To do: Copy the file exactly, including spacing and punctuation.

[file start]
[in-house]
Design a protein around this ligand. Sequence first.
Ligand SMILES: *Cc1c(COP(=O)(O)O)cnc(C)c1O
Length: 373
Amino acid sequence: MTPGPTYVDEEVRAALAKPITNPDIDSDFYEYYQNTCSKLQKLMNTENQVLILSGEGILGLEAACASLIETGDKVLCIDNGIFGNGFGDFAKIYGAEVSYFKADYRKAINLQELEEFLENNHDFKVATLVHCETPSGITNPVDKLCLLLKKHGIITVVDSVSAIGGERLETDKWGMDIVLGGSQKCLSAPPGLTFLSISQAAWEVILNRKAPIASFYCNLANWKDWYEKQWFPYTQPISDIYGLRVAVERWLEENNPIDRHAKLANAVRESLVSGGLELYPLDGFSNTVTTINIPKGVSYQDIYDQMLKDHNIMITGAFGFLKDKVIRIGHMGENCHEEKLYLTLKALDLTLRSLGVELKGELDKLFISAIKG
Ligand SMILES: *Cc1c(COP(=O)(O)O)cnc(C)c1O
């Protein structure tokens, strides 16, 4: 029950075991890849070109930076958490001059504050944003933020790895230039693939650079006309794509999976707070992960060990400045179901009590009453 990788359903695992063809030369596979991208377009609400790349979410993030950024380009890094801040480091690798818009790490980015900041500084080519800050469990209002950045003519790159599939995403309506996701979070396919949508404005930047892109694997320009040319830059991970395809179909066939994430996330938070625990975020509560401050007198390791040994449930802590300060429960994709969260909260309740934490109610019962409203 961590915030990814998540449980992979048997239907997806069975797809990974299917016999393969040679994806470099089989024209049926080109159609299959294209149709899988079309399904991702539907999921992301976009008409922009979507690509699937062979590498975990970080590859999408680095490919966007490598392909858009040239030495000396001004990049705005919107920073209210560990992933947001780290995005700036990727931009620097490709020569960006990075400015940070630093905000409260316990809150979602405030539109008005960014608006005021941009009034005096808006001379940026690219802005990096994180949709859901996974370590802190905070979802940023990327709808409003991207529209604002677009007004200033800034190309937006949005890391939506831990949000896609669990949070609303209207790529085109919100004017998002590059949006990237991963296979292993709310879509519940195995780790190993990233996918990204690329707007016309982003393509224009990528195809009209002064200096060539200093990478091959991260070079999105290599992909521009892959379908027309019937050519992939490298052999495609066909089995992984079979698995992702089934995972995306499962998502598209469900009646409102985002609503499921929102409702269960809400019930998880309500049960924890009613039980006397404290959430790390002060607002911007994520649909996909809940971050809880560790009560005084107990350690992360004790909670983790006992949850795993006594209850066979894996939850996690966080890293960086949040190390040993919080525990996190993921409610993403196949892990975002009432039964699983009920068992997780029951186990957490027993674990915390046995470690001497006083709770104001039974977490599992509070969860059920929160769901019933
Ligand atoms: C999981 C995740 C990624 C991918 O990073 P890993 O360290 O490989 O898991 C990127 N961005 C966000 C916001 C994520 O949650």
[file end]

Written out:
[in-house]
Design a protein around this ligand. Sequence first.
Ligand SMILES: *Cc1c(COP(=O)(O)O)cnc(C)c1O
Length: 373
Amino acid sequence: MTPGPTYVDEEVRAALAKPITNPDIDSDFYEYYQNTCSKLQKLMNTENQVLILSGEGILGLEAACASLIETGDKVLCIDNGIFGNGFGDFAKIYGAEVSYFKADYRKAINLQELEEFLENNHDFKVATLVHCETPSGITNPVDKLCLLLKKHGIITVVDSVSAIGGERLETDKWGMDIVLGGSQKCLSAPPGLTFLSISQAAWEVILNRKAPIASFYCNLANWKDWYEKQWFPYTQPISDIYGLRVAVERWLEENNPIDRHAKLANAVRESLVSGGLELYPLDGFSNTVTTINIPKGVSYQDIYDQMLKDHNIMITGAFGFLKDKVIRIGHMGENCHEEKLYLTLKALDLTLRSLGVELKGELDKLFISAIKG
Ligand SMILES: *Cc1c(COP(=O)(O)O)cnc(C)c1O
């Protein structure tokens, strides 16, 4: 029950075991890849070109930076958490001059504050944003933020790895230039693939650079006309794509999976707070992960060990400045179901009590009453 990788359903695992063809030369596979991208377009609400790349979410993030950024380009890094801040480091690798818009790490980015900041500084080519800050469990209002950045003519790159599939995403309506996701979070396919949508404005930047892109694997320009040319830059991970395809179909066939994430996330938070625990975020509560401050007198390791040994449930802590300060429960994709969260909260309740934490109610019962409203 961590915030990814998540449980992979048997239907997806069975797809990974299917016999393969040679994806470099089989024209049926080109159609299959294209149709899988079309399904991702539907999921992301976009008409922009979507690509699937062979590498975990970080590859999408680095490919966007490598392909858009040239030495000396001004990049705005919107920073209210560990992933947001780290995005700036990727931009620097490709020569960006990075400015940070630093905000409260316990809150979602405030539109008005960014608006005021941009009034005096808006001379940026690219802005990096994180949709859901996974370590802190905070979802940023990327709808409003991207529209604002677009007004200033800034190309937006949005890391939506831990949000896609669990949070609303209207790529085109919100004017998002590059949006990237991963296979292993709310879509519940195995780790190993990233996918990204690329707007016309982003393509224009990528195809009209002064200096060539200093990478091959991260070079999105290599992909521009892959379908027309019937050519992939490298052999495609066909089995992984079979698995992702089934995972995306499962998502598209469900009646409102985002609503499921929102409702269960809400019930998880309500049960924890009613039980006397404290959430790390002060607002911007994520649909996909809940971050809880560790009560005084107990350690992360004790909670983790006992949850795993006594209850066979894996939850996690966080890293960086949040190390040993919080525990996190993921409610993403196949892990975002009432039964699983009920068992997780029951186990957490027993674990915390046995470690001497006083709770104001039974977490599992509070969860059920929160769901019933
Ligand atoms: C999981 C995740 C990624 C991918 O990073 P890993 O360290 O490989 O898991 C990127 N961005 C966000 C916001 C994520 O949650």